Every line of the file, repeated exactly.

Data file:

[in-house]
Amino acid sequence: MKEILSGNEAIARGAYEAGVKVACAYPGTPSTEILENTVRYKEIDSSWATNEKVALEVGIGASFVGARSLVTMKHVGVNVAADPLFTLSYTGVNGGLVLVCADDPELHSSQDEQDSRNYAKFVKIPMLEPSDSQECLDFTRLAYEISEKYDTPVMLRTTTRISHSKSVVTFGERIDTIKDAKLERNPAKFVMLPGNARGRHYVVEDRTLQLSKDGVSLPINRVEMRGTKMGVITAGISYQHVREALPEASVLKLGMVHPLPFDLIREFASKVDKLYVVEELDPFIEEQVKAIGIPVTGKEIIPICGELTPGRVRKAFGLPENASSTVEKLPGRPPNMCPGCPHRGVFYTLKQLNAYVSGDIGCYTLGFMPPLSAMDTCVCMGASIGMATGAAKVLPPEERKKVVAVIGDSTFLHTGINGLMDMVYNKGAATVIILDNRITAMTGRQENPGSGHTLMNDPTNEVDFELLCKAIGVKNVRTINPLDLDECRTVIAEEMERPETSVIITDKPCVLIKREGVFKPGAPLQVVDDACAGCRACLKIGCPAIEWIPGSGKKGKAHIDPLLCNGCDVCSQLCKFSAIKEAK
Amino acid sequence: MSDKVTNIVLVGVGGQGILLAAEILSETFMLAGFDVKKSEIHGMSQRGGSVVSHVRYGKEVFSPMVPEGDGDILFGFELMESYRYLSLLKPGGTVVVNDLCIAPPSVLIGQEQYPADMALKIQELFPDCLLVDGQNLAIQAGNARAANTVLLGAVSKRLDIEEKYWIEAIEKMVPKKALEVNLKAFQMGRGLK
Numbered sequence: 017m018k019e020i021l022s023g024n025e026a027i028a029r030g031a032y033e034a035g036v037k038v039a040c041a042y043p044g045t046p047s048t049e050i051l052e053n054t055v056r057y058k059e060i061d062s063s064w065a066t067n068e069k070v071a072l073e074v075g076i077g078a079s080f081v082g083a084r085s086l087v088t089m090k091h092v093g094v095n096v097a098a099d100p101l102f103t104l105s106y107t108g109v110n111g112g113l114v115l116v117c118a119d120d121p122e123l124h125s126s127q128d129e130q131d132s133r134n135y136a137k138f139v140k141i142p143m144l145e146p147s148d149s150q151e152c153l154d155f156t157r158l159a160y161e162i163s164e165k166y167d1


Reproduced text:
[in-house]
Amino acid sequence: MKEILSGNEAIARGAYEAGVKVACAYPGTPSTEILENTVRYKEIDSSWATNEKVALEVGIGASFVGARSLVTMKHVGVNVAADPLFTLSYTGVNGGLVLVCADDPELHSSQDEQDSRNYAKFVKIPMLEPSDSQECLDFTRLAYEISEKYDTPVMLRTTTRISHSKSVVTFGERIDTIKDAKLERNPAKFVMLPGNARGRHYVVEDRTLQLSKDGVSLPINRVEMRGTKMGVITAGISYQHVREALPEASVLKLGMVHPLPFDLIREFASKVDKLYVVEELDPFIEEQVKAIGIPVTGKEIIPICGELTPGRVRKAFGLPENASSTVEKLPGRPPNMCPGCPHRGVFYTLKQLNAYVSGDIGCYTLGFMPPLSAMDTCVCMGASIGMATGAAKVLPPEERKKVVAVIGDSTFLHTGINGLMDMVYNKGAATVIILDNRITAMTGRQENPGSGHTLMNDPTNEVDFELLCKAIGVKNVRTINPLDLDECRTVIAEEMERPETSVIITDKPCVLIKREGVFKPGAPLQVVDDACAGCRACLKIGCPAIEWIPGSGKKGKAHIDPLLCNGCDVCSQLCKFSAIKEAK
Amino acid sequence: MSDKVTNIVLVGVGGQGILLAAEILSETFMLAGFDVKKSEIHGMSQRGGSVVSHVRYGKEVFSPMVPEGDGDILFGFELMESYRYLSLLKPGGTVVVNDLCIAPPSVLIGQEQYPADMALKIQELFPDCLLVDGQNLAIQAGNARAANTVLLGAVSKRLDIEEKYWIEAIEKMVPKKALEVNLKAFQMGRGLK
Numbered sequence: 017m018k019e020i021l022s023g024n025e026a027i028a029r030g031a032y033e034a035g036v037k038v039a040c041a042y043p044g045t046p047s048t049e050i051l052e053n054t055v056r057y058k059e060i061d062s063s064w065a066t067n068e069k070v071a072l073e074v075g076i077g078a079s080f081v082g083a084r085s086l087v088t089m090k091h092v093g094v095n096v097a098a099d100p101l102f103t104l105s106y107t108g109v110n111g112g113l114v115l116v117c118a119d120d121p122e123l124h125s126s127q128d129e130q131d132s133r134n135y136a137k138f139v140k141i142p143m144l145e146p147s148d149s150q151e152c153l154d155f156t157r158l159a160y161e162i163s164e165k166y167d1